Remarkably, although the Faroes are seen as the jumping off point for the settlement of Iceland, interpretation of this data suggests that the Faroes are more genetically isolated of the two. The article at the link  makes some entertainingly  ad hoc distinctions between islands of the Atlantic which were more homey, and thus settled by families from Scandinavia, and more frontier-like, and thus settled by lone Scandinavians who then sent out for British mail-order brides. Clearly coastal northwestern Scotland belongs in the former category, Skye in the latter!

 Well, it is a long trip. 

Icelandic archaeologists are more resistant to the idea of an early settlement of the island, and while I have argued with this position elsewhere, here it is sufficient that everyone agrees that it was settled after the Faroes. Iceland's settling population has been characterised as mixed northern British ("Gaelic") and Scandinavian, with the same sexual skewing as the former two cases, although less extreme than the Faroese case. Interestingly, the proportion of Scandinavian ancestry has risen over time in the Icelandic population, from 56% at the founding to 70% today. Or it's not interesting at all, because it reflects the place from which the small number of immigrants came from, Native North American traces apart. Although Wikipedia, bizarrely enough, wants Scandinavian-descended Icelanders to have an "increased chance of reproductive success." I suppose once you've ruled out immigration a priori (that pesky paleo-Eskimo aside), Super-Vikings is what you're left with.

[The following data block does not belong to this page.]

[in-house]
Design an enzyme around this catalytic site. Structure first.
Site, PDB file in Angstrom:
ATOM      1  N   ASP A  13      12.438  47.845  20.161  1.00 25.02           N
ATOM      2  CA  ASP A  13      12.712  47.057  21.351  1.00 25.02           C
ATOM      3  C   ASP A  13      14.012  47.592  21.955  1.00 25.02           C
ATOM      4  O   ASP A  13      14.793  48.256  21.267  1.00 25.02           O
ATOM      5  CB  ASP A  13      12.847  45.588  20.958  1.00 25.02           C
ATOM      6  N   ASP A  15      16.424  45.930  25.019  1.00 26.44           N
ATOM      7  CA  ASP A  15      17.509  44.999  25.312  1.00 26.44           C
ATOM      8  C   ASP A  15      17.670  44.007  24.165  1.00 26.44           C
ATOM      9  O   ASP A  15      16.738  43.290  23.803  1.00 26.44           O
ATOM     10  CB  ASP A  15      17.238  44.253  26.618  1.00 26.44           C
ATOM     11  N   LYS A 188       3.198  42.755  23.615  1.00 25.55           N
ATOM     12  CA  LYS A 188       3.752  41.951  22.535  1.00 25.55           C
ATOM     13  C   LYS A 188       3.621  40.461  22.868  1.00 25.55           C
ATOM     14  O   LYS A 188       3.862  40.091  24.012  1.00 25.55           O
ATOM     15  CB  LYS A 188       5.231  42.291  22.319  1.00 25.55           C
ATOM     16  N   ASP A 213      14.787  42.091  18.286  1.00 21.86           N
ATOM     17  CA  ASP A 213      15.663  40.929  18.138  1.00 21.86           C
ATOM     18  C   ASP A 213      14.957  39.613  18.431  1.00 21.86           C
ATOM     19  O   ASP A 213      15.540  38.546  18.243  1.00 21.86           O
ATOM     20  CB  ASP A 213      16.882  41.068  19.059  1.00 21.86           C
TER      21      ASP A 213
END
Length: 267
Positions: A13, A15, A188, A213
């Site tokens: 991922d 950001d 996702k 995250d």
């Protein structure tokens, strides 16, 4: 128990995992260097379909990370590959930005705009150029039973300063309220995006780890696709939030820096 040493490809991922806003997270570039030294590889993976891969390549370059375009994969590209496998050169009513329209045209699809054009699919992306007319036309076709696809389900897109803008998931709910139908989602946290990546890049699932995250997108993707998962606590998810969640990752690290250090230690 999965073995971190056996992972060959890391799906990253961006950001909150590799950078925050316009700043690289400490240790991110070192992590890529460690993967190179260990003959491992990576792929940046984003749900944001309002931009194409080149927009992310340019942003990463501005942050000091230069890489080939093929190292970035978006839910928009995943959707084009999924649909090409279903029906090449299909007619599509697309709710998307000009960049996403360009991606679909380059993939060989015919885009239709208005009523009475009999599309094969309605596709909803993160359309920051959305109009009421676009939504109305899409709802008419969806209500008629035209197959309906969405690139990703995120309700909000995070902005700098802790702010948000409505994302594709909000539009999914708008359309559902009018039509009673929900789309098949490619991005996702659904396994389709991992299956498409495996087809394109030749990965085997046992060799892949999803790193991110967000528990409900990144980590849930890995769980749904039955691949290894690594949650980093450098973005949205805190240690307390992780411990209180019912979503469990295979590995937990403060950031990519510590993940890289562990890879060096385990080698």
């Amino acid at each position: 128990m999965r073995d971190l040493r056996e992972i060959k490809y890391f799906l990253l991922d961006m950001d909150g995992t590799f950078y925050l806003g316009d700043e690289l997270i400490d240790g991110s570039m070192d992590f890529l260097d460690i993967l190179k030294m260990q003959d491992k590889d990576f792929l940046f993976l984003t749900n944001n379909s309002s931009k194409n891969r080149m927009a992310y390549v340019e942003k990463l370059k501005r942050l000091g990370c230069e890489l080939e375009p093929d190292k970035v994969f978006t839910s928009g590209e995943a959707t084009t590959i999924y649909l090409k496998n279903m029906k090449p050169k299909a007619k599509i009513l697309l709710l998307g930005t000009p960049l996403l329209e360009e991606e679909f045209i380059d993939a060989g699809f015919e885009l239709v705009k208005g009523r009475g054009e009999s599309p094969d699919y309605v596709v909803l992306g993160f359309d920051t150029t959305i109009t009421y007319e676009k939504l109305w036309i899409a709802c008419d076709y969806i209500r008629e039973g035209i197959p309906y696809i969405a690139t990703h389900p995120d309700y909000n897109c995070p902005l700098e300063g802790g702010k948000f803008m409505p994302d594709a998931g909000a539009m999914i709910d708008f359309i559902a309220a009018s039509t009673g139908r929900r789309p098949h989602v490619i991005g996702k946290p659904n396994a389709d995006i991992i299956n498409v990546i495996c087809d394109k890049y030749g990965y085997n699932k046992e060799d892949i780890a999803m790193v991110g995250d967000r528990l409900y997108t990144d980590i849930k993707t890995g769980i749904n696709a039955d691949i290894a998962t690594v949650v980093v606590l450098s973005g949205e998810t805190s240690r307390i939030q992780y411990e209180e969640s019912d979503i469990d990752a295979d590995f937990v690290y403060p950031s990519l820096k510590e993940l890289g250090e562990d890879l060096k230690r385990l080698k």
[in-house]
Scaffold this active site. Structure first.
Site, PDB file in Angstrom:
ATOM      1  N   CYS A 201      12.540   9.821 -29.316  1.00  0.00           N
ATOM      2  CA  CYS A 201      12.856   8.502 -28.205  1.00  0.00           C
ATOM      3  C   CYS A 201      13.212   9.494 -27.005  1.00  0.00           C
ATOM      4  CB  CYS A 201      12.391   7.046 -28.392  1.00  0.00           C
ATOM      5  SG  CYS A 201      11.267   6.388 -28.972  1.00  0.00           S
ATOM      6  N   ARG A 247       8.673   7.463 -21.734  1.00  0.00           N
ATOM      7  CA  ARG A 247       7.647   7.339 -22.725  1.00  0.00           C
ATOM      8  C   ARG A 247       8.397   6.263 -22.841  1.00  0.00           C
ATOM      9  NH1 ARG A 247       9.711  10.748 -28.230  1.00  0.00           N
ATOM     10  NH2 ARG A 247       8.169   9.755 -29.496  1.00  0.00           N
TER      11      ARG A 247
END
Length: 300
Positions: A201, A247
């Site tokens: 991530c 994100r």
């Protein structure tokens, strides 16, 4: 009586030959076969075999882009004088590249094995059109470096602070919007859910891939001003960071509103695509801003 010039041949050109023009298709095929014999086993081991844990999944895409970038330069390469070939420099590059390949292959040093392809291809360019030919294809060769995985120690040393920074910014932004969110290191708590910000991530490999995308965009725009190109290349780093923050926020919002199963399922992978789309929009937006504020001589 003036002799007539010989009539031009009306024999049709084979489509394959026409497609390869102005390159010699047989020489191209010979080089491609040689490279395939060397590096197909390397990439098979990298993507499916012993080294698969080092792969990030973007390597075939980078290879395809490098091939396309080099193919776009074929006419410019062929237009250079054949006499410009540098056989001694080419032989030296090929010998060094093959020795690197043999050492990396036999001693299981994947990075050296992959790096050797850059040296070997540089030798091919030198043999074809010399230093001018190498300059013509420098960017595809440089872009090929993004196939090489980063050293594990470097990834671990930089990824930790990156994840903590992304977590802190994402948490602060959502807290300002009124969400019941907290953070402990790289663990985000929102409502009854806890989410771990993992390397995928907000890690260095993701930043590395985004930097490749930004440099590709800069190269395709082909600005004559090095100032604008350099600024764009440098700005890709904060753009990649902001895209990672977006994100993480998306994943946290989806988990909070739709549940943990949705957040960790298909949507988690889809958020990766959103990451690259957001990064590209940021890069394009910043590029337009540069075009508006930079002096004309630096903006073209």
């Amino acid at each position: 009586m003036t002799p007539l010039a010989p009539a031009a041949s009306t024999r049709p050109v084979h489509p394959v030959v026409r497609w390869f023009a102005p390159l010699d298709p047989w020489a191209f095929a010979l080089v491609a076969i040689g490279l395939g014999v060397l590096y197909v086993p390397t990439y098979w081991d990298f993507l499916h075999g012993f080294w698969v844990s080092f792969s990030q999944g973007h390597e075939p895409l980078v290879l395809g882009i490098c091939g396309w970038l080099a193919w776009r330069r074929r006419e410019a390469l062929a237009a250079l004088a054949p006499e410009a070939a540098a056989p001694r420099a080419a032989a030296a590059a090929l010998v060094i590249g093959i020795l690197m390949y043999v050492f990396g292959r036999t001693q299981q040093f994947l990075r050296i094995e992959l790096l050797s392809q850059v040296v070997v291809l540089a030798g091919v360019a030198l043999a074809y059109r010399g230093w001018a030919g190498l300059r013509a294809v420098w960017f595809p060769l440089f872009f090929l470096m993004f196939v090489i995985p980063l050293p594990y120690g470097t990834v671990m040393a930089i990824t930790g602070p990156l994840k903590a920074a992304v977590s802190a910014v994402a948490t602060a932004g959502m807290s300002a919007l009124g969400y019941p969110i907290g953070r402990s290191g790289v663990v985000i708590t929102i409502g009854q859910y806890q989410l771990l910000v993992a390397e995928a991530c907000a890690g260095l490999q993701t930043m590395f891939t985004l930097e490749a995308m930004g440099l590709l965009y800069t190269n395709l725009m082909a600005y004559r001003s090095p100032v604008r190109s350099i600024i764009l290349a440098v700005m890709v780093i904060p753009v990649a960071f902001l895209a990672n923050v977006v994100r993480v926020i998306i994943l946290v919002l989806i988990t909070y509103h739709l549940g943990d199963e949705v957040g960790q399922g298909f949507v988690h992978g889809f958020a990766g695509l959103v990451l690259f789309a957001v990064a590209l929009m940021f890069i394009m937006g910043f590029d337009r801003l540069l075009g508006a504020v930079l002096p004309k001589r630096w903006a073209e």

The closest of the Macaronesia islands are the odd archipelago out, since we've no scientific groups currently championing an earlier settlement with really strong evidence. (Those northern European rodents could have got there on their own.) Compared with Portuguese, Madeirans have significantly higher Sub-Saharan ancestry and also a U6 mtDNA component which, not being identical to the one found on the Canaries and thus an indicator of post-Plantation gene flow from those islands, indicates a significant degree of Northwest African ancestry.   On a related question, however, this study rejects a significant contribution on the part of Corsair raiders. Hey-ho!


A study from way back in 2003, sampling only mtDNA, as was the practice in those archaic days, found that Azoreans are mainly Portuguese with a significant northern European admixture.  This raises the question of what Y-DNA studies might show. Sure enough, there are marked differences. "Haplogroup J* is the second most frequent in Azores (13.4%), but it is modestly representedin mainland Portugal (6.8%). The other non European haplogroups – N3 and E3a –, whichare prevalent in Asia and subSahara, respectively, have been found in Azores (0.6% and1.2%, respectively) but not in mainland Portugal (Neto et al., 2007)." The medical geneticists who published this study don't seem particularly interested in the historical implications of this, so let me do the hard work of googling to tell you that sampling in Oran, Algeria, returned 27.4% of the population with a J* Y-haplogroup (paternal) lineage.

Puerto Rico

The genetic history of the Caribbean is a bit much to get into on my current deadline of "Stop dawdling, you need bread for breakfast and lunch tomorrow!" but Puerto Rico is noteworthy for the particularly high Taino contribution to the current population. 

Wikipedia: "Studies have shown that the racial ancestry mixture of the average Puerto Rican (regardless of racial self-identity) is about 64% European, 21% African, and 15% Native Taino, with European ancestry."  

"Regardless of racial self-identity." Again, there is considerable skewing to European ancestry in male lineages.